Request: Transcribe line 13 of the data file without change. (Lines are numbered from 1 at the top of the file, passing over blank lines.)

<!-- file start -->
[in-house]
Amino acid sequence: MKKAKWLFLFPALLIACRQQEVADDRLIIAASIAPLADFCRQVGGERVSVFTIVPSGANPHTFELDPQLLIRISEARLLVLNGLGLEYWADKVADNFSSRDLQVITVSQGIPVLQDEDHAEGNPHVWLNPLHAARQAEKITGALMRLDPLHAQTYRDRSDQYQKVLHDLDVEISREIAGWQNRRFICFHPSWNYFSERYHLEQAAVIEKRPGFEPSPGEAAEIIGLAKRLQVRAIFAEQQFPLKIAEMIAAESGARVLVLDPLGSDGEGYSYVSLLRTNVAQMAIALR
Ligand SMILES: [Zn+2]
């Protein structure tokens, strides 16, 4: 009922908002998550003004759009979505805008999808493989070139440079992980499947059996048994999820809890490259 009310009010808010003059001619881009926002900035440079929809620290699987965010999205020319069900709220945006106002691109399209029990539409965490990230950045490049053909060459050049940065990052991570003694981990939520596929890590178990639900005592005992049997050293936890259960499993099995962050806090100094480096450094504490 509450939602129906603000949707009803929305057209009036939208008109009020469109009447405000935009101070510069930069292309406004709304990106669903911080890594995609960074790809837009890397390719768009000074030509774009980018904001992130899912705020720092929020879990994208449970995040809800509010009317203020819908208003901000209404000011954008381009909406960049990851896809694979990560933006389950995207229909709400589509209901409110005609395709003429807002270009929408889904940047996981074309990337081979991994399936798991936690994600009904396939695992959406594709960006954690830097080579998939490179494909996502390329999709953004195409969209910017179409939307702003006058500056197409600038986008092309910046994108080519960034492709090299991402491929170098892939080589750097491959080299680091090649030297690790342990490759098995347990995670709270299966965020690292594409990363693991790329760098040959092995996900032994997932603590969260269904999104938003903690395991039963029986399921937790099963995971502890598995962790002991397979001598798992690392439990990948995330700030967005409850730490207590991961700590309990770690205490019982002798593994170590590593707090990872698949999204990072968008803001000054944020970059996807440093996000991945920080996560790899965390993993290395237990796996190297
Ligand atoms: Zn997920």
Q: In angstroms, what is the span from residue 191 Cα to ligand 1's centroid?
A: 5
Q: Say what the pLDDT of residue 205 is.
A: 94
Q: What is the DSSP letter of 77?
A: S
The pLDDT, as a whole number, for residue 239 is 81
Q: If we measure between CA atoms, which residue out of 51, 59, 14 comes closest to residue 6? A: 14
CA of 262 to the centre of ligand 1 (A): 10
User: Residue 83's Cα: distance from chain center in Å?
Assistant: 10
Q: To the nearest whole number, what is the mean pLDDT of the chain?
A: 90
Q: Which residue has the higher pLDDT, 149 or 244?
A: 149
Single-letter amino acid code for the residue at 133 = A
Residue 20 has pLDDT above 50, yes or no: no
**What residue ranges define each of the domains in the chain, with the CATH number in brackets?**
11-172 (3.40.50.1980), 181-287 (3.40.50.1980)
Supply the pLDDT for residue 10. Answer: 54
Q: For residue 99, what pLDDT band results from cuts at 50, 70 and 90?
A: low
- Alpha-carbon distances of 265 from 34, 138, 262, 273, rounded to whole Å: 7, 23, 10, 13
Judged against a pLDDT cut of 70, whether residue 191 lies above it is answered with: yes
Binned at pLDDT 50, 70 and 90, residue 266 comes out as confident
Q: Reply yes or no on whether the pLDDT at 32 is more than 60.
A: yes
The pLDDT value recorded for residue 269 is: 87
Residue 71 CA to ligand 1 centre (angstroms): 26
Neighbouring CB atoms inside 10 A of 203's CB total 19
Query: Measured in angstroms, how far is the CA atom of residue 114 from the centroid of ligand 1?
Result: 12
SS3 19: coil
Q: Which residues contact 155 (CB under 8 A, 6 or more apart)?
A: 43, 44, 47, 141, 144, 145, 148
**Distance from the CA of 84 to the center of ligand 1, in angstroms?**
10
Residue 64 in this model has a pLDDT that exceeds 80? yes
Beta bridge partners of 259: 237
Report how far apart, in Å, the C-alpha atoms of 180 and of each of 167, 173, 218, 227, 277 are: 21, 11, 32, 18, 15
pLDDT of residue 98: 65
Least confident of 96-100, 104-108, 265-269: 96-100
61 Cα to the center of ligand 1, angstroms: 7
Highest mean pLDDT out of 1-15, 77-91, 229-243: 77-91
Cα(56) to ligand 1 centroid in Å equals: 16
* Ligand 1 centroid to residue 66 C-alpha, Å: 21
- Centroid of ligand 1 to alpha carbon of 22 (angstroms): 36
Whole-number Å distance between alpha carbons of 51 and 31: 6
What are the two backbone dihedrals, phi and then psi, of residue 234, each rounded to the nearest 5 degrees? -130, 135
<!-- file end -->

Q: If we measure between CA atoms, which residue out of 51, 59, 14 comes closest to residue 6? A: 14